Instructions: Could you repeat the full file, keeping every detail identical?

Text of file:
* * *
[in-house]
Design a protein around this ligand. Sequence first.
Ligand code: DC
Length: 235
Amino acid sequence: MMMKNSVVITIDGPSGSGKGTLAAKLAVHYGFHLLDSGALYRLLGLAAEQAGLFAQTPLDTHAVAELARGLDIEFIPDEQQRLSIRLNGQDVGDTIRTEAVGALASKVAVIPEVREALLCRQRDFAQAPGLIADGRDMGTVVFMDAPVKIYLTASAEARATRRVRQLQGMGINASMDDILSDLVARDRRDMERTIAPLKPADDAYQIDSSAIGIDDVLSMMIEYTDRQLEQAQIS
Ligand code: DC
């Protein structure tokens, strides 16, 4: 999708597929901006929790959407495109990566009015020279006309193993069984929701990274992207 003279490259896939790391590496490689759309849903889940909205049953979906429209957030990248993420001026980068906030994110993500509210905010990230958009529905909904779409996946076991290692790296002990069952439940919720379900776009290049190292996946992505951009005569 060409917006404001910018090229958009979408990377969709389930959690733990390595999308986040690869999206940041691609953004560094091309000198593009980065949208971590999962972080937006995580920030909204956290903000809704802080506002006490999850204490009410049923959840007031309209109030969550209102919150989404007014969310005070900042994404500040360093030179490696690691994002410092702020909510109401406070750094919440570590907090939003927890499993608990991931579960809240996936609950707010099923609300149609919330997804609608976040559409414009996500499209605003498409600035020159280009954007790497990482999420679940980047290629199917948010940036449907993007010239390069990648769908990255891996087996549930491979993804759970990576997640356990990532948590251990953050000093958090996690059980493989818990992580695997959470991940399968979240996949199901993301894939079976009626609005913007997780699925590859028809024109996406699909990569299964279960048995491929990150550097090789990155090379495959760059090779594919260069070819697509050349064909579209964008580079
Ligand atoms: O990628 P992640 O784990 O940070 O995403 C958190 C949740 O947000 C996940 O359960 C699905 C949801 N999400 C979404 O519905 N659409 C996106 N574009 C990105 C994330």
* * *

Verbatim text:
[in-house]
Design a protein around this ligand. Sequence first.
Ligand code: DC
Length: 235
Amino acid sequence: MMMKNSVVITIDGPSGSGKGTLAAKLAVHYGFHLLDSGALYRLLGLAAEQAGLFAQTPLDTHAVAELARGLDIEFIPDEQQRLSIRLNGQDVGDTIRTEAVGALASKVAVIPEVREALLCRQRDFAQAPGLIADGRDMGTVVFMDAPVKIYLTASAEARATRRVRQLQGMGINASMDDILSDLVARDRRDMERTIAPLKPADDAYQIDSSAIGIDDVLSMMIEYTDRQLEQAQIS
Ligand code: DC
């Protein structure tokens, strides 16, 4: 999708597929901006929790959407495109990566009015020279006309193993069984929701990274992207 003279490259896939790391590496490689759309849903889940909205049953979906429209957030990248993420001026980068906030994110993500509210905010990230958009529905909904779409996946076991290692790296002990069952439940919720379900776009290049190292996946992505951009005569 060409917006404001910018090229958009979408990377969709389930959690733990390595999308986040690869999206940041691609953004560094091309000198593009980065949208971590999962972080937006995580920030909204956290903000809704802080506002006490999850204490009410049923959840007031309209109030969550209102919150989404007014969310005070900042994404500040360093030179490696690691994002410092702020909510109401406070750094919440570590907090939003927890499993608990991931579960809240996936609950707010099923609300149609919330997804609608976040559409414009996500499209605003498409600035020159280009954007790497990482999420679940980047290629199917948010940036449907993007010239390069990648769908990255891996087996549930491979993804759970990576997640356990990532948590251990953050000093958090996690059980493989818990992580695997959470991940399968979240996949199901993301894939079976009626609005913007997780699925590859028809024109996406699909990569299964279960048995491929990150550097090789990155090379495959760059090779594919260069070819697509050349064909579209964008580079
Ligand atoms: O990628 P992640 O784990 O940070 O995403 C958190 C949740 O947000 C996940 O359960 C699905 C949801 N999400 C979404 O519905 N659409 C996106 N574009 C990105 C994330």